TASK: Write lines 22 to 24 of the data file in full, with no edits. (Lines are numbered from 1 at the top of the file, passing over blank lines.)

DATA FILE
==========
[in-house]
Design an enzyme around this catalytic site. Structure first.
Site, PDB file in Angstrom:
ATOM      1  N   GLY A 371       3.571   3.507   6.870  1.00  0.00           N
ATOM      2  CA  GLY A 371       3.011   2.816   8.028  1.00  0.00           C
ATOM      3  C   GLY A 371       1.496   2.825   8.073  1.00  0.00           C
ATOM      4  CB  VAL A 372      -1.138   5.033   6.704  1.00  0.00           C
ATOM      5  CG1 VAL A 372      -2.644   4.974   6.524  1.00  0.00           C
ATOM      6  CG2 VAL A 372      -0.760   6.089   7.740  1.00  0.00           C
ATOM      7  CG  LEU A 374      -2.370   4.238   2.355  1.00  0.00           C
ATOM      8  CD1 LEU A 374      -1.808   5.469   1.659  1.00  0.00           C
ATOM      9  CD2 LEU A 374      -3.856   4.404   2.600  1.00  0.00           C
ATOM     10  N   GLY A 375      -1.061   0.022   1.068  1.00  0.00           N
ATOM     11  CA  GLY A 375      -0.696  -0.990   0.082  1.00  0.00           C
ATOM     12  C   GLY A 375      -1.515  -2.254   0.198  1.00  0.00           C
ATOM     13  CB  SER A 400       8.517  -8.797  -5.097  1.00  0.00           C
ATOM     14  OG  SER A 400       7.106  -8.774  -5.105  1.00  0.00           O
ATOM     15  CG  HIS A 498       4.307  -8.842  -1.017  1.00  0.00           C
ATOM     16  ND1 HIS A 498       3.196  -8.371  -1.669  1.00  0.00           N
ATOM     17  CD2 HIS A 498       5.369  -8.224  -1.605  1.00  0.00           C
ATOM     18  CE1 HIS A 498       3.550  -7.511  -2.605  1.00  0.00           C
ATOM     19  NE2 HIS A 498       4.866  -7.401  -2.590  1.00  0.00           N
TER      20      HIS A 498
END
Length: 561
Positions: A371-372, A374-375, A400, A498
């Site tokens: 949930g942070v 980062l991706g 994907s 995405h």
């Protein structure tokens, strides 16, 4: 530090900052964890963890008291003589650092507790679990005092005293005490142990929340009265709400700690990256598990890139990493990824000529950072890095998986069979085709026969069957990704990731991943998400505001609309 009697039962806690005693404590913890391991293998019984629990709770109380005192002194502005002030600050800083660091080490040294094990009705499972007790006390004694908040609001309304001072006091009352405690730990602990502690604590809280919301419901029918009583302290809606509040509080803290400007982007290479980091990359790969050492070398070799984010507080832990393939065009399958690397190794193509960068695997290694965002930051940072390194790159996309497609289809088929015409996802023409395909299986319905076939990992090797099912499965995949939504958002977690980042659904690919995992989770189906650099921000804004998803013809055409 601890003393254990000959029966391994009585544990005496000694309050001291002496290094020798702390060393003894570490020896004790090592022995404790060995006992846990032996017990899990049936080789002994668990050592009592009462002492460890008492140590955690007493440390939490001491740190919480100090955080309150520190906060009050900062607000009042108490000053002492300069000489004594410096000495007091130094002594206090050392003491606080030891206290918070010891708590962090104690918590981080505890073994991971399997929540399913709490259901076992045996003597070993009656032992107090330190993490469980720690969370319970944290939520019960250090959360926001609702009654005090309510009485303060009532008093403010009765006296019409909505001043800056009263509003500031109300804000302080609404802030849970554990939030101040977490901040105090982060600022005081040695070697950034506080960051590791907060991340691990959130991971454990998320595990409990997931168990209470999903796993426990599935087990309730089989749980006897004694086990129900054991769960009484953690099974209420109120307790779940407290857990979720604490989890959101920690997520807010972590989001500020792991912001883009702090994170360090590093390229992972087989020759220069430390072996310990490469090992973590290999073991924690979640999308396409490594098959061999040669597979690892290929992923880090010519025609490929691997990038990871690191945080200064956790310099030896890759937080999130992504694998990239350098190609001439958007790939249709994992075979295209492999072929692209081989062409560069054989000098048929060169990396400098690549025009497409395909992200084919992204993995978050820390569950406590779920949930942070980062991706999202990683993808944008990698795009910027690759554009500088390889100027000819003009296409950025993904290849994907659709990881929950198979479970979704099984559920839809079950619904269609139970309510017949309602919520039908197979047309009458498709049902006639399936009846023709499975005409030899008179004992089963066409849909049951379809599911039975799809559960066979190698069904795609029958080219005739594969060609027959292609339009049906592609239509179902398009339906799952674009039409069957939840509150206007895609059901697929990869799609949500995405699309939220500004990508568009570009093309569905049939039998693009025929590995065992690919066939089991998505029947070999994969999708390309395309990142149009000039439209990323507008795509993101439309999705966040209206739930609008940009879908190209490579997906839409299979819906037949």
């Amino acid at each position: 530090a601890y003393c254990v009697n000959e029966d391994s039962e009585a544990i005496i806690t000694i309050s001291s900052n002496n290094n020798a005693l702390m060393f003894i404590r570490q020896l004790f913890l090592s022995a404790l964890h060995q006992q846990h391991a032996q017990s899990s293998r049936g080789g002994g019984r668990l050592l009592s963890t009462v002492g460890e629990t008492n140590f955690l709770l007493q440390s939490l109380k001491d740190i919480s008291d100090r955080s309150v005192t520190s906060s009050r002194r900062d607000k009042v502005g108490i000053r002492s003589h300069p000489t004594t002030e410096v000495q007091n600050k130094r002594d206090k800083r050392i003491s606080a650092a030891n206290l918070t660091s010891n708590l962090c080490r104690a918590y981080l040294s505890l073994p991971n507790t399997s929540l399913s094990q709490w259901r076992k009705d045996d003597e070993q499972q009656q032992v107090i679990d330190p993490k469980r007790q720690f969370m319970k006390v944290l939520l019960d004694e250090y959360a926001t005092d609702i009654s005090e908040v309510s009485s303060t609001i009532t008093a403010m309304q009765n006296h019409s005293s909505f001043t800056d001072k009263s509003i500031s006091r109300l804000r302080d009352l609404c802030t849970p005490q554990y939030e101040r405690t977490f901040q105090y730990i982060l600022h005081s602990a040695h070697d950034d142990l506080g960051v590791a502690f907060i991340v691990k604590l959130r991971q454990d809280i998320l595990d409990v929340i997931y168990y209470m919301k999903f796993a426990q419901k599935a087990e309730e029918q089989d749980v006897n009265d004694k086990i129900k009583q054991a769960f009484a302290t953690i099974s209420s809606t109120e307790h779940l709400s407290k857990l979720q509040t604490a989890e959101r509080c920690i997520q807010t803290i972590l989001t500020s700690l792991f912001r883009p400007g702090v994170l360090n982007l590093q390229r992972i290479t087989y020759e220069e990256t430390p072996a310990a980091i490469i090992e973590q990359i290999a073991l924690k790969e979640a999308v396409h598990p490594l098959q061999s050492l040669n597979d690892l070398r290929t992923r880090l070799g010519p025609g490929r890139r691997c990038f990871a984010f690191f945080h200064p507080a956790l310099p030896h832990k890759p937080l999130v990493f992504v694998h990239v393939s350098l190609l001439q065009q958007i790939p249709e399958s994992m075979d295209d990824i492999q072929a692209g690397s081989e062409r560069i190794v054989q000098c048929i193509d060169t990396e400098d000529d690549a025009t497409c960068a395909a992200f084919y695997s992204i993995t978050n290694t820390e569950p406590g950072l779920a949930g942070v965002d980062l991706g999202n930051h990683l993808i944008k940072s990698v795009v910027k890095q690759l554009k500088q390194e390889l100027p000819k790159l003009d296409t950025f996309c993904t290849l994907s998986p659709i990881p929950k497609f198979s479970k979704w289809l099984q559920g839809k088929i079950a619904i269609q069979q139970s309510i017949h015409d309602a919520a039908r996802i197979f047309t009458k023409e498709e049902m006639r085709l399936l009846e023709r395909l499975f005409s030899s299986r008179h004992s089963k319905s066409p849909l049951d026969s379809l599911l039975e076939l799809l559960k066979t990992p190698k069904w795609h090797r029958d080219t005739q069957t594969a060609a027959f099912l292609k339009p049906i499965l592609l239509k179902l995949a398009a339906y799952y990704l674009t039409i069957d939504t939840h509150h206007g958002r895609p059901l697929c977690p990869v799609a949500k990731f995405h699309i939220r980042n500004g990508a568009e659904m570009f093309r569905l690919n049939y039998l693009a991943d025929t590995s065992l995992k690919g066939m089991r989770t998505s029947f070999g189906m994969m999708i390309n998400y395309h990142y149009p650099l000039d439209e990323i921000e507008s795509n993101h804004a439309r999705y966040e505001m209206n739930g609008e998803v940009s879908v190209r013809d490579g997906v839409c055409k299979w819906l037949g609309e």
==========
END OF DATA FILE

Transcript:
ATOM     19  NE2 HIS A 498       4.866  -7.401  -2.590  1.00  0.00           N
TER      20      HIS A 498
END